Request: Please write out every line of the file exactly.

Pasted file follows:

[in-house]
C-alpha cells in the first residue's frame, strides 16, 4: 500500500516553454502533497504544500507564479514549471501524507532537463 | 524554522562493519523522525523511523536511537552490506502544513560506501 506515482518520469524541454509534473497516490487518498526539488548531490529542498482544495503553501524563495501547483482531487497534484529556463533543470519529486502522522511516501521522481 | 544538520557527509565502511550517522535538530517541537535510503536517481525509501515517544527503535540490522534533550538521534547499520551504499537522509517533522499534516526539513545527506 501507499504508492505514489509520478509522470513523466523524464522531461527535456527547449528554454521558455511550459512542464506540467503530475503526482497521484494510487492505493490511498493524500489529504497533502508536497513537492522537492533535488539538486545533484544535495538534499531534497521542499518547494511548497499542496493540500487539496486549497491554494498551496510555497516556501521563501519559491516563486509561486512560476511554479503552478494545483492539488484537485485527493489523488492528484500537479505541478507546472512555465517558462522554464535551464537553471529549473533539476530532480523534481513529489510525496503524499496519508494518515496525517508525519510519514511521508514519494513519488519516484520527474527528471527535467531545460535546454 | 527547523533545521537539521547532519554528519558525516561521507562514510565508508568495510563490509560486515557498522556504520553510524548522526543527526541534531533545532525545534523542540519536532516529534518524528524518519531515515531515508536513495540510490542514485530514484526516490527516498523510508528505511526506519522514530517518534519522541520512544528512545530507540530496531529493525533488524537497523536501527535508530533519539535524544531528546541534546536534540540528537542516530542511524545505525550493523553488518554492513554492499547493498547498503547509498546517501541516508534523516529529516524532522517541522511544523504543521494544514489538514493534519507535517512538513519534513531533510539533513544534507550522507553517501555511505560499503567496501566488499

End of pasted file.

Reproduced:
[in-house]
C-alpha cells in the first residue's frame, strides 16, 4: 500500500516553454502533497504544500507564479514549471501524507532537463 | 524554522562493519523522525523511523536511537552490506502544513560506501 506515482518520469524541454509534473497516490487518498526539488548531490529542498482544495503553501524563495501547483482531487497534484529556463533543470519529486502522522511516501521522481 | 544538520557527509565502511550517522535538530517541537535510503536517481525509501515517544527503535540490522534533550538521534547499520551504499537522509517533522499534516526539513545527506 501507499504508492505514489509520478509522470513523466523524464522531461527535456527547449528554454521558455511550459512542464506540467503530475503526482497521484494510487492505493490511498493524500489529504497533502508536497513537492522537492533535488539538486545533484544535495538534499531534497521542499518547494511548497499542496493540500487539496486549497491554494498551496510555497516556501521563501519559491516563486509561486512560476511554479503552478494545483492539488484537485485527493489523488492528484500537479505541478507546472512555465517558462522554464535551464537553471529549473533539476530532480523534481513529489510525496503524499496519508494518515496525517508525519510519514511521508514519494513519488519516484520527474527528471527535467531545460535546454 | 527547523533545521537539521547532519554528519558525516561521507562514510565508508568495510563490509560486515557498522556504520553510524548522526543527526541534531533545532525545534523542540519536532516529534518524528524518519531515515531515508536513495540510490542514485530514484526516490527516498523510508528505511526506519522514530517518534519522541520512544528512545530507540530496531529493525533488524537497523536501527535508530533519539535524544531528546541534546536534540540528537542516530542511524545505525550493523553488518554492513554492499547493498547498503547509498546517501541516508534523516529529516524532522517541522511544523504543521494544514489538514493534519507535517512538513519534513531533510539533513544534507550522507553517501555511505560499503567496501566488499